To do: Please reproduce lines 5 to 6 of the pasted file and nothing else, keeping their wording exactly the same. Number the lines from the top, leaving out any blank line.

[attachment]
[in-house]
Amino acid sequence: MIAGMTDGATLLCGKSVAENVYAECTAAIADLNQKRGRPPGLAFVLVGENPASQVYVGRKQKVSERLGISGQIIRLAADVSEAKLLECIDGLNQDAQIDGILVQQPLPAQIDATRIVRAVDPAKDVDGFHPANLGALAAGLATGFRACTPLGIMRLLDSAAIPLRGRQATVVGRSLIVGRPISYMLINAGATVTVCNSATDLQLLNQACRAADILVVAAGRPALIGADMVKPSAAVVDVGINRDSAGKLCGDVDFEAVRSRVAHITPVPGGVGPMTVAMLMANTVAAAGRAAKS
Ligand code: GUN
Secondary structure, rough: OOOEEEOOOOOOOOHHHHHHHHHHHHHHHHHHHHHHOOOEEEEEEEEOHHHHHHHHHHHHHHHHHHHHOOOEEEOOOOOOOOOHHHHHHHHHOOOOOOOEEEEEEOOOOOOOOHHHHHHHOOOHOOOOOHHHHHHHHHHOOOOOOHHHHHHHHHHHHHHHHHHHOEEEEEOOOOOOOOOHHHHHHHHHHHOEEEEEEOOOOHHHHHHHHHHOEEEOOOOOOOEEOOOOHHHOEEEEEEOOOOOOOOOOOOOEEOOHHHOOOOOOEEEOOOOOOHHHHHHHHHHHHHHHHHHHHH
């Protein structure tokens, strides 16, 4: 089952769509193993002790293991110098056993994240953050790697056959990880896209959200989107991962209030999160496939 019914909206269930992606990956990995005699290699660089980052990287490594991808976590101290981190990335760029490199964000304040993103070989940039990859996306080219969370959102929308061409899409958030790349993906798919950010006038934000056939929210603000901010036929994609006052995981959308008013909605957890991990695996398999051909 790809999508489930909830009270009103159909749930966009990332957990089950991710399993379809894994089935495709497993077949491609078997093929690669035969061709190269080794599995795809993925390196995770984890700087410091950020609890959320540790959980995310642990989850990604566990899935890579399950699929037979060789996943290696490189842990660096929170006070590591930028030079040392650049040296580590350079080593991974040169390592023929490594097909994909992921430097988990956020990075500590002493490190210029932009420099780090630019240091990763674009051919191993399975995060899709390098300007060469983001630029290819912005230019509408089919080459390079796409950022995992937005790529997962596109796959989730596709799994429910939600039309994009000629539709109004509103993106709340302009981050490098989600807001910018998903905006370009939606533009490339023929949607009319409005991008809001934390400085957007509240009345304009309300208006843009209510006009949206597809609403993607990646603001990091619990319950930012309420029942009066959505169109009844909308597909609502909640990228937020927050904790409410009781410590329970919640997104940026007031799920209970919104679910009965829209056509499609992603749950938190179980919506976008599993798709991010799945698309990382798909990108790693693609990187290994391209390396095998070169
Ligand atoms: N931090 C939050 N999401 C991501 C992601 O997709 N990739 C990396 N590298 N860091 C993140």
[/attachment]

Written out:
């Protein structure tokens, strides 16, 4: 089952769509193993002790293991110098056993994240953050790697056959990880896209959200989107991962209030999160496939 019914909206269930992606990956990995005699290699660089980052990287490594991808976590101290981190990335760029490199964000304040993103070989940039990859996306080219969370959102929308061409899409958030790349993906798919950010006038934000056939929210603000901010036929994609006052995981959308008013909605957890991990695996398999051909 790809999508489930909830009270009103159909749930966009990332957990089950991710399993379809894994089935495709497993077949491609078997093929690669035969061709190269080794599995795809993925390196995770984890700087410091950020609890959320540790959980995310642990989850990604566990899935890579399950699929037979060789996943290696490189842990660096929170006070590591930028030079040392650049040296580590350079080593991974040169390592023929490594097909994909992921430097988990956020990075500590002493490190210029932009420099780090630019240091990763674009051919191993399975995060899709390098300007060469983001630029290819912005230019509408089919080459390079796409950022995992937005790529997962596109796959989730596709799994429910939600039309994009000629539709109004509103993106709340302009981050490098989600807001910018998903905006370009939606533009490339023929949607009319409005991008809001934390400085957007509240009345304009309300208006843009209510006009949206597809609403993607990646603001990091619990319950930012309420029942009066959505169109009844909308597909609502909640990228937020927050904790409410009781410590329970919640997104940026007031799920209970919104679910009965829209056509499609992603749950938190179980919506976008599993798709991010799945698309990382798909990108790693693609990187290994391209390396095998070169
Ligand atoms: N931090 C939050 N999401 C991501 C992601 O997709 N990739 C990396 N590298 N860091 C993140």